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|Andy Loves You, by Christina Louise Smith|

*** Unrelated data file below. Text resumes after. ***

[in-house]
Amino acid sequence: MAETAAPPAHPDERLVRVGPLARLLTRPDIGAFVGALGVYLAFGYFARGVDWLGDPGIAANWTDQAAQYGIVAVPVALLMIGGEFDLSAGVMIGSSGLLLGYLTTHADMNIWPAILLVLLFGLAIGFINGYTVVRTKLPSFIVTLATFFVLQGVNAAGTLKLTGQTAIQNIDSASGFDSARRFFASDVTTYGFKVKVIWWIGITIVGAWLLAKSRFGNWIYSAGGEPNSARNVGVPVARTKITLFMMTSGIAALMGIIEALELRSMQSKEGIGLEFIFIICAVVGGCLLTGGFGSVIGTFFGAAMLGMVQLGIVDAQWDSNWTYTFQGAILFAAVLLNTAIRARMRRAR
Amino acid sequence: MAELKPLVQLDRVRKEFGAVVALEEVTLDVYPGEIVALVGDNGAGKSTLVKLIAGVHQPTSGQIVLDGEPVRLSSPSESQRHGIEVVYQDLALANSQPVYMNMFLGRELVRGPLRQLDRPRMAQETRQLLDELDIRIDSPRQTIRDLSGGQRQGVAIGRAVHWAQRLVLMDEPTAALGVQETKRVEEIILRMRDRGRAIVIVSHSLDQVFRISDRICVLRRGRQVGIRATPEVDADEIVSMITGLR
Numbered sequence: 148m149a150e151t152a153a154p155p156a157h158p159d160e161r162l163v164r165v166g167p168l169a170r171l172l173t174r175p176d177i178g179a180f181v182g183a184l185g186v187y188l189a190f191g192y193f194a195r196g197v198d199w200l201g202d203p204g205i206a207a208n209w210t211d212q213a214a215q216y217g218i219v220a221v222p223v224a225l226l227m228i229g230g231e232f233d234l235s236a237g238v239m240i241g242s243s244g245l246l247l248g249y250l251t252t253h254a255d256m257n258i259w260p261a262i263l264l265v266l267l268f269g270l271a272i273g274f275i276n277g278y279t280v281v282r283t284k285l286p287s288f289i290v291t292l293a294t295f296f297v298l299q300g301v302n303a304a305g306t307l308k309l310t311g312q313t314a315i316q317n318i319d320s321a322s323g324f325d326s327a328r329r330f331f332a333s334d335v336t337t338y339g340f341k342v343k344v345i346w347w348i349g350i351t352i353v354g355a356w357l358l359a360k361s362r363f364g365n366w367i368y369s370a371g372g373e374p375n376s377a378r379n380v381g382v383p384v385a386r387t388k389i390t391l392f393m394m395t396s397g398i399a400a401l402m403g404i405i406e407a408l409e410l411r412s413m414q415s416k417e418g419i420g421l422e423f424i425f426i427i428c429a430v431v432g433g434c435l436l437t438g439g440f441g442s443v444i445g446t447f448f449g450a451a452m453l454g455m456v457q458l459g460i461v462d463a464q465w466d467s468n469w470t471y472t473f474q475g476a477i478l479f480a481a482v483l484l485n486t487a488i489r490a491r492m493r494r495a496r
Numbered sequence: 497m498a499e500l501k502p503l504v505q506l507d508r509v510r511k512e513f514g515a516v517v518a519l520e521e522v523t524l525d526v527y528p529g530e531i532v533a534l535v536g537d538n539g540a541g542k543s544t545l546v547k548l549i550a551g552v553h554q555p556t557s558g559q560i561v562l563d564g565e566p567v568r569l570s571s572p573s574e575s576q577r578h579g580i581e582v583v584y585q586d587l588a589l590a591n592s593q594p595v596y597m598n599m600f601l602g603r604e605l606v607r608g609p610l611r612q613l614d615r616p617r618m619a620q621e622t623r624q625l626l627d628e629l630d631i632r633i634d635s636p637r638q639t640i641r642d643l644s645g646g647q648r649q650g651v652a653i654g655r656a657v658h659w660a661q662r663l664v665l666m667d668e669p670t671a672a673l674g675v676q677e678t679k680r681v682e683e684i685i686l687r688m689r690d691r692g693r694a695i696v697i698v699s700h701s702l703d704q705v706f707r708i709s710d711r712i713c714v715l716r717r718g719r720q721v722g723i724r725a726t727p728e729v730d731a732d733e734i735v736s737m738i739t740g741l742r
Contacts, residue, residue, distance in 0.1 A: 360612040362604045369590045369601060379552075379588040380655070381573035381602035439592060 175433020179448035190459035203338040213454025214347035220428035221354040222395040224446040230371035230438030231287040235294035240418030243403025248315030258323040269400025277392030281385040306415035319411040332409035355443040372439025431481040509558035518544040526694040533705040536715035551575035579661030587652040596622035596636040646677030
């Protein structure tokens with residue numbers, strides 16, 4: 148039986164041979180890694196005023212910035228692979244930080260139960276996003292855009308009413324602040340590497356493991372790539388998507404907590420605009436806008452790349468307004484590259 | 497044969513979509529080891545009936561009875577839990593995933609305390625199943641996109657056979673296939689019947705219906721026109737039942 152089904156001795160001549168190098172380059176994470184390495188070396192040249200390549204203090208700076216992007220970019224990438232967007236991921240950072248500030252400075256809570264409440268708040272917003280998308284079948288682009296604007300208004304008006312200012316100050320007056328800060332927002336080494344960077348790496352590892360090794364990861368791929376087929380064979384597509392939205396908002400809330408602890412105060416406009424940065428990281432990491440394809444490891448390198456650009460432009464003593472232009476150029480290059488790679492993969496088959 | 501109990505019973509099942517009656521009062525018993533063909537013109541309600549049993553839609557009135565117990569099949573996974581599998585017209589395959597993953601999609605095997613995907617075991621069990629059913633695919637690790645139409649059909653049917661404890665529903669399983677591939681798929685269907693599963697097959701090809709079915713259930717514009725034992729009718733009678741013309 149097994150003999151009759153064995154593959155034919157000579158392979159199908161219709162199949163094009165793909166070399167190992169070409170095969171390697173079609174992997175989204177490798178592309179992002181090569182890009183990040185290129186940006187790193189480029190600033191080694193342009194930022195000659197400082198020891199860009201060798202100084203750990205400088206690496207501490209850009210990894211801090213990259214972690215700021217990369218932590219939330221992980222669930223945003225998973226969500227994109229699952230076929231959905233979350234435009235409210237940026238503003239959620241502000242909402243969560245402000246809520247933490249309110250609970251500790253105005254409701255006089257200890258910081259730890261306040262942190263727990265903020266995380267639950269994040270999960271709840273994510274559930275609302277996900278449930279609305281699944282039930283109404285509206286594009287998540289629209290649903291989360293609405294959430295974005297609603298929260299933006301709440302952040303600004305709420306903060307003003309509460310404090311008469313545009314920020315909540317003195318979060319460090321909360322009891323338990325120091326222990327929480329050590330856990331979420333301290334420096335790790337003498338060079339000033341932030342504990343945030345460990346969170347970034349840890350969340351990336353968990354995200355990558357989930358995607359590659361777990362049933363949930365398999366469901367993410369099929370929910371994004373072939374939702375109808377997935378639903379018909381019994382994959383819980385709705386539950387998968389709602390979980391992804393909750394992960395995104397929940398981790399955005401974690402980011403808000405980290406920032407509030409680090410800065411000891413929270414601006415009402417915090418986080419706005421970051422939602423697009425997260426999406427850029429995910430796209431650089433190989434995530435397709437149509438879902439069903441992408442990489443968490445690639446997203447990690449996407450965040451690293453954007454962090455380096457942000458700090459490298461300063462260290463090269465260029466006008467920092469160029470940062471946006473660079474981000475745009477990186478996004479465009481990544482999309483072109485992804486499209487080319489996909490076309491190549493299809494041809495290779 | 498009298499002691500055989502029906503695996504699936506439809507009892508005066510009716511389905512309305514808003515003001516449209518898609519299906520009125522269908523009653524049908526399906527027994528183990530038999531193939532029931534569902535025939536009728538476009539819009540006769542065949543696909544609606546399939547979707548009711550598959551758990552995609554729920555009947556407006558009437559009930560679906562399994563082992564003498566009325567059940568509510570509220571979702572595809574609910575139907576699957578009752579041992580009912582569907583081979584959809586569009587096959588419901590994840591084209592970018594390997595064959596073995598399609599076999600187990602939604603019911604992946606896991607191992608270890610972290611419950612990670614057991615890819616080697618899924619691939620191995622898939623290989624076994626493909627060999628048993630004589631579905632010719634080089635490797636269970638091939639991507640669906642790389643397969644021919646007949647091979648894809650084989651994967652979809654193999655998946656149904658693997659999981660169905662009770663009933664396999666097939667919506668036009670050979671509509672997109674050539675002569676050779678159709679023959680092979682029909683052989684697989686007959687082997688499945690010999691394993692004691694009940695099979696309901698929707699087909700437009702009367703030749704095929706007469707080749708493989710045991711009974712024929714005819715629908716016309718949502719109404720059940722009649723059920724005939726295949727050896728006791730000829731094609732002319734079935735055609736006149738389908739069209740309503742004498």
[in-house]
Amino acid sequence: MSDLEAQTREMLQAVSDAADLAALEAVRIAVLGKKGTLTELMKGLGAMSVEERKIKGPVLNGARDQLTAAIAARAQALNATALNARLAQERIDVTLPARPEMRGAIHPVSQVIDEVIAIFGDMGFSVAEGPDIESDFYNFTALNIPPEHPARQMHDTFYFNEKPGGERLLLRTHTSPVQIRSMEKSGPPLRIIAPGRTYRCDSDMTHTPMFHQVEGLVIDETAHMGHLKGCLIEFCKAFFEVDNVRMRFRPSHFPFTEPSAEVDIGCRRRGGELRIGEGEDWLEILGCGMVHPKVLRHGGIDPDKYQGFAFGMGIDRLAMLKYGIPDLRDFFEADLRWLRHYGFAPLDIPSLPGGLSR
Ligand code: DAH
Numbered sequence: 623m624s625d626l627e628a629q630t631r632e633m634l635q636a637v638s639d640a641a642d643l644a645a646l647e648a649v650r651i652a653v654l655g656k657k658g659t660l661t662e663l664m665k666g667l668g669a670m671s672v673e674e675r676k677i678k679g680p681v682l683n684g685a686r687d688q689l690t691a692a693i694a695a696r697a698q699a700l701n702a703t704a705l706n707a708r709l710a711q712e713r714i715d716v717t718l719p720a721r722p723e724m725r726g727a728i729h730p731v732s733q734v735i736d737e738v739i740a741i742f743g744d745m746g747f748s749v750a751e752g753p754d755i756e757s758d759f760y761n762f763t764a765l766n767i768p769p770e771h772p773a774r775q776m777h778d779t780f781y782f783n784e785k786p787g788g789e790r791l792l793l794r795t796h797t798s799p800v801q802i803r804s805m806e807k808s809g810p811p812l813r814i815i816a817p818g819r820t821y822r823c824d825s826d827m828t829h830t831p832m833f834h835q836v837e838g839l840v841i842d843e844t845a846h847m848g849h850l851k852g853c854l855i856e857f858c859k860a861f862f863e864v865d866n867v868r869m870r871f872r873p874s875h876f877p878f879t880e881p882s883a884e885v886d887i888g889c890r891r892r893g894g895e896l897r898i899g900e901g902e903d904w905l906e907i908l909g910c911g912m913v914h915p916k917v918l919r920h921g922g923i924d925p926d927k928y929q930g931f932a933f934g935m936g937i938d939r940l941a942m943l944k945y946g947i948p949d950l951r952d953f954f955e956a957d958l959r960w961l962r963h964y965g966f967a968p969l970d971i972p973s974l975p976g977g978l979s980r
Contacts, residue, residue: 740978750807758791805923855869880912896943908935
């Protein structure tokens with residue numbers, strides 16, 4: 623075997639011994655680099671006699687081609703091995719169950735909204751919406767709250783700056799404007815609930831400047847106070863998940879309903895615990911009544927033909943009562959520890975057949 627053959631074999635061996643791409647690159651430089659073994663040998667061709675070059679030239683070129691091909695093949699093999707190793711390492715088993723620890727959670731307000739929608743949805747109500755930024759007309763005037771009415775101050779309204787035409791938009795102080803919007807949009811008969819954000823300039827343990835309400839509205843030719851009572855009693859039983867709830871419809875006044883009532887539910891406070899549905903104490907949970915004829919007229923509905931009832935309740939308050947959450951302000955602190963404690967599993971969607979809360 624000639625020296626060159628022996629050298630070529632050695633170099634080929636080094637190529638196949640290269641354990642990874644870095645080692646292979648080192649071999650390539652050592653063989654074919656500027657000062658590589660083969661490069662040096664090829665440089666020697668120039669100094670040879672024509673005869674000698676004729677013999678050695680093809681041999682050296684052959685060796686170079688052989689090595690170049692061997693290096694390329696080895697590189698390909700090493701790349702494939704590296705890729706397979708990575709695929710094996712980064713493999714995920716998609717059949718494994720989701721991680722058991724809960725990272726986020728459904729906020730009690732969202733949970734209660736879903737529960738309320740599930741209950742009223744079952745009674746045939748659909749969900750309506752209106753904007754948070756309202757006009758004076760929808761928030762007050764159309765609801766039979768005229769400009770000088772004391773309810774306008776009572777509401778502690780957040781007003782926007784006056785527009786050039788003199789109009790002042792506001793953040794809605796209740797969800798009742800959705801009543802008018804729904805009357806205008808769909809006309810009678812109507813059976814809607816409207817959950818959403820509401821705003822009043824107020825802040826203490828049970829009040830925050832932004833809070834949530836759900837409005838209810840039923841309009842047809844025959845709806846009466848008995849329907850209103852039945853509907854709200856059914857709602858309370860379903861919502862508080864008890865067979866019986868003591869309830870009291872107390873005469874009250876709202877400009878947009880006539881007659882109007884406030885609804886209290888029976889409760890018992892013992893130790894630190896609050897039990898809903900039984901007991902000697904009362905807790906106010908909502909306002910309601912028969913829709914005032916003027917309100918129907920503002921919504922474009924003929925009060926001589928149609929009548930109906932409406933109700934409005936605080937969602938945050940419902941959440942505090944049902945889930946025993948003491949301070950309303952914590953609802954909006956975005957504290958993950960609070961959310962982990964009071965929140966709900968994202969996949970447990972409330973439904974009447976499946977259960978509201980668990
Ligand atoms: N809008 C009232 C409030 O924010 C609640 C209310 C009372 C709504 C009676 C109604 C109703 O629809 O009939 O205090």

You and Andy sit at a table with some remnants of fried rice stuck to its surface. The vinyl seat is still warm when he lowers himself into it. You know it comforts him to know that it has been so recently vacated by another, the non-stop thrum of life radiating through the seat of his slacks. Everywhere, noise, a cafeteria din. You are in your mauve velvet jacket that is much too big for your tilting frame. You glare at him through the smile so often mistaken as kindness with an intensity that strips the iron from blood, leaves a flaccid sack of plasma, expressionless and too tired to inflect. As you pick at your warm lamb bruleé, the latest McDonald’s creation, Andy instructs you in the art of cruelty. You can't be mean without feeling guilty, you say, looking sideways at the table beside you. He says, First, stop thinking in those terms. Think of it as a heart-lamination. You must prevent the conflict from occurring, Andy says. Here is how you do it. You learn to say no so you don't have to be angry, reacting to others when things fail. You anticipate your limits. This is kindness, he says, and softly pats at some wisps of his hair that cast a distracting shadow on the table. A tall hard man from Angola, skin so brilliant he looks cast of silver, sees Andy and flashes his bone white teeth at him. A miracle of human genetics, this man is a hologram—you almost can’t bring your eyes into focus. Andy waves. Your glare shifts to the man. Andy says, he will be my best yet, and he is only fifteen. You grin like a terrier, your own bone-whites so delicate in your fine slim jaw. You don't know yet know that you are alive, burning like a sore, resilient and eternal.